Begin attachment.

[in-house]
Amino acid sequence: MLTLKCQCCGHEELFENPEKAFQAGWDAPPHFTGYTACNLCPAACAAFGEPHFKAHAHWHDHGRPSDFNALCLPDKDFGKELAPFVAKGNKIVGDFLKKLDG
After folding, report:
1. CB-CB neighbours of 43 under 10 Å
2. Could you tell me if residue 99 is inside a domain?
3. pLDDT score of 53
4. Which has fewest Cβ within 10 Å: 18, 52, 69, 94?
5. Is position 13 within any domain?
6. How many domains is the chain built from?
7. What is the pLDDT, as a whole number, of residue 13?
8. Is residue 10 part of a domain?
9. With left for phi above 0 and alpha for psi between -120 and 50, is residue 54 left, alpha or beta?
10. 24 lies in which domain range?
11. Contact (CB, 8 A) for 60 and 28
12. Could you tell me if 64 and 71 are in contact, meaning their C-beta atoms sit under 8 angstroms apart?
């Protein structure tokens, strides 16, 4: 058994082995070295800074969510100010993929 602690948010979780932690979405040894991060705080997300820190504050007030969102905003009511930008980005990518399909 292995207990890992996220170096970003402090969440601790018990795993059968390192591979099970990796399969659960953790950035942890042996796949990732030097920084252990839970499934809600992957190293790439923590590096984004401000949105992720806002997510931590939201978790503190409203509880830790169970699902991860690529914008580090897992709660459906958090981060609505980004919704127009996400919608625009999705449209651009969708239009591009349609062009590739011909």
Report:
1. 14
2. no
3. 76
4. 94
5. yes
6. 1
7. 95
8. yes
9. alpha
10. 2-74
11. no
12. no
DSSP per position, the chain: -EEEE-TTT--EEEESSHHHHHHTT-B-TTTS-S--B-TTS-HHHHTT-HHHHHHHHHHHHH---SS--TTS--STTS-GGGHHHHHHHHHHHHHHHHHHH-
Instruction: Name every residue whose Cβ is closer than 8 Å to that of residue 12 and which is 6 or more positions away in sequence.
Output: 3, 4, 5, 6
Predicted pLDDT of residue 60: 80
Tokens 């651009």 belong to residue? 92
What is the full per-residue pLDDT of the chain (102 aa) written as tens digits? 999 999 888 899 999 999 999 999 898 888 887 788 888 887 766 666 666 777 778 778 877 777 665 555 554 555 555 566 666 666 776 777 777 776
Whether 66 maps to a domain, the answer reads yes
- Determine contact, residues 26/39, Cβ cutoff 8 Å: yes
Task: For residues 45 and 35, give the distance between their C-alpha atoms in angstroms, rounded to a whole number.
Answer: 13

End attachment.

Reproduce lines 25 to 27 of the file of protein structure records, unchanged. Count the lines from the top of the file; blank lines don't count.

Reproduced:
8. yes
9. alpha
10. 2-74